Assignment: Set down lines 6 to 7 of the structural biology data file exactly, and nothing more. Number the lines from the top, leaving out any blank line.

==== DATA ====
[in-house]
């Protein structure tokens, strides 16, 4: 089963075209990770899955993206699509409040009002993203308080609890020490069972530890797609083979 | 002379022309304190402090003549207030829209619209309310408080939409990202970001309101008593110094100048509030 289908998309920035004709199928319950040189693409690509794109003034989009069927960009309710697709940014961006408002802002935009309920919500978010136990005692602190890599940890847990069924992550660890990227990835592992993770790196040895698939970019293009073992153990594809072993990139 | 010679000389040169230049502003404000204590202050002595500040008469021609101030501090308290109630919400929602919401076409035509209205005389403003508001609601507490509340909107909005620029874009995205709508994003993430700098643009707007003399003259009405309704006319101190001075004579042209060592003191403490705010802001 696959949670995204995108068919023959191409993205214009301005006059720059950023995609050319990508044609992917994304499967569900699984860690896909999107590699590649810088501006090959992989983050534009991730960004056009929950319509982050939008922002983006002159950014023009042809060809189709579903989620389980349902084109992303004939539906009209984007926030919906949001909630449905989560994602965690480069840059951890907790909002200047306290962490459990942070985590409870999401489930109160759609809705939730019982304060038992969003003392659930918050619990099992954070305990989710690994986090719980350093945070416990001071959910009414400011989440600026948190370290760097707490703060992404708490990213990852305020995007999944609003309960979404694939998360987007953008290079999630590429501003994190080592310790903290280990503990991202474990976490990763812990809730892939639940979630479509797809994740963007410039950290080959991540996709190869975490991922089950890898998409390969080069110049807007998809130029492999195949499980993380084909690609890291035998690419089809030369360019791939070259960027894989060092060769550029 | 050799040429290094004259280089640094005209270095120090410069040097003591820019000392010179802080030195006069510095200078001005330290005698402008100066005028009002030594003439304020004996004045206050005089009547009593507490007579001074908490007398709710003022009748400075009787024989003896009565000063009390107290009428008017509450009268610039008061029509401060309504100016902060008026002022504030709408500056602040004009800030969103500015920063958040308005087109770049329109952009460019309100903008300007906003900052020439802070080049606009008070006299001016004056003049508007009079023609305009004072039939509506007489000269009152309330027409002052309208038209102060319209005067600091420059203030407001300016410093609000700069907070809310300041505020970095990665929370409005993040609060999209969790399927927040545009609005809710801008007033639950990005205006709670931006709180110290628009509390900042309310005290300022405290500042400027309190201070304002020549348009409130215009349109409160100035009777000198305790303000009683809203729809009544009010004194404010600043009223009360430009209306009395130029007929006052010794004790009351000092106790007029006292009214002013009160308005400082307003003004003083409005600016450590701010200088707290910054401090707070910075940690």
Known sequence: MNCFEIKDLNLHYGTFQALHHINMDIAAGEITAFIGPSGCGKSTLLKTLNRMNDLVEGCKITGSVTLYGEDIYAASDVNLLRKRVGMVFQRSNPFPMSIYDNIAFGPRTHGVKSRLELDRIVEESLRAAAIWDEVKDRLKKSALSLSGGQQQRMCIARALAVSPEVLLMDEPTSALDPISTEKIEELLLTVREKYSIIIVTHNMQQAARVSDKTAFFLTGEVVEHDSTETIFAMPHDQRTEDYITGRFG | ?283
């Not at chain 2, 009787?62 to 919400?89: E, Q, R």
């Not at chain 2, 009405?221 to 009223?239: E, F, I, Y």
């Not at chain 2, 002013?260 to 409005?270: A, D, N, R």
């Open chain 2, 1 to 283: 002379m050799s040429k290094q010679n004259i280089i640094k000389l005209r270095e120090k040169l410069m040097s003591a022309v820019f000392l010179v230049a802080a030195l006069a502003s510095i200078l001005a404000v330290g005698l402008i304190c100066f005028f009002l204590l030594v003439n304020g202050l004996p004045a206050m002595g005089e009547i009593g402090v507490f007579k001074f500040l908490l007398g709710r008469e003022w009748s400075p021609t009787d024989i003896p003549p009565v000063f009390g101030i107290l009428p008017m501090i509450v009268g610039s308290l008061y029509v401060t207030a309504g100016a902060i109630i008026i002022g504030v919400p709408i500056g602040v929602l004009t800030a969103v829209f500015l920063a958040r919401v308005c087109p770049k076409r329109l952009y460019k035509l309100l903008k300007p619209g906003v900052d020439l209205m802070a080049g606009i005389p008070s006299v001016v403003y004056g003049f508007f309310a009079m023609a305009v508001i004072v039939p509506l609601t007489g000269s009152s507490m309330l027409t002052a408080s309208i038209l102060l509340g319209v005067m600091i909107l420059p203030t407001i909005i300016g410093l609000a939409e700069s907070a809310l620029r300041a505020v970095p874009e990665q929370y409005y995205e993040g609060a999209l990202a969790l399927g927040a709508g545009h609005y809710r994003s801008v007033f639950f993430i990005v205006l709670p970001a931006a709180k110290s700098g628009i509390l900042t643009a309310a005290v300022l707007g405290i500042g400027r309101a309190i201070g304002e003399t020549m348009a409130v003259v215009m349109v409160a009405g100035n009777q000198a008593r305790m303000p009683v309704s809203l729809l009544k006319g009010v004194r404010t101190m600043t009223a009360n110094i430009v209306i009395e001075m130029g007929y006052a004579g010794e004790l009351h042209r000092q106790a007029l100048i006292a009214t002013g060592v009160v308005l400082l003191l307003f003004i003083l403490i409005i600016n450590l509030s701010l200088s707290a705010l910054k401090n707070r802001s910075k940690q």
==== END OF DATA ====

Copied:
């Not at chain 2, 002013?260 to 409005?270: A, D, N, R």
């Open chain 2, 1 to 283: 002379m050799s040429k290094q010679n004259i280089i640094k000389l005209r270095e120090k040169l410069m040097s003591a022309v820019f000392l010179v230049a802080a030195l006069a502003s510095i200078l001005a404000v330290g005698l402008i304190c100066f005028f009002l204590l030594v003439n304020g202050l004996p004045a206050m002595g005089e009547i009593g402090v507490f007579k001074f500040l908490l007398g709710r008469e003022w009748s400075p021609t009787d024989i003896p003549p009565v000063f009390g101030i107290l009428p008017m501090i509450v009268g610039s308290l008061y029509v401060t207030a309504g100016a902060i109630i008026i002022g504030v919400p709408i500056g602040v929602l004009t800030a969103v829209f500015l920063a958040r919401v308005c087109p770049k076409r329109l952009y460019k035509l309100l903008k300007p619209g906003v900052d020439l209205m802070a080049g606009i005389p008070s006299v001016v403003y004056g003049f508007f309310a009079m023609a305009v508001i004072v039939p509506l609601t007489g000269s009152s507490m309330l027409t002052a408080s309208i038209l102060l509340g319209v005067m600091i909107l420059p203030t407001i909005i300016g410093l609000a939409e700069s907070a809310l620029r300041a505020v970095p874009e990665q929370y409005y995205e993040g609060a999209l990202a969790l399927g927040a709508g545009h609005y809710r994003s801008v007033f639950f993430i990005v205006l709670p970001a931006a709180k110290s700098g628009i509390l900042t643009a309310a005290v300022l707007g405290i500042g400027r309101a309190i201070g304002e003399t020549m348009a409130v003259v215009m349109v409160a009405g100035n009777q000198a008593r305790m303000p009683v309704s809203l729809l009544k006319g009010v004194r404010t101190m600043t009223a009360n110094i430009v209306i009395e001075m130029g007929y006052a004579g010794e004790l009351h042209r000092q106790a007029l100048i006292a009214t002013g060592v009160v308005l400082l003191l307003f003004i003083l403490i409005i600016n450590l509030s701010l200088s707290a705010l910054k401090n707070r802001s910075k940690q």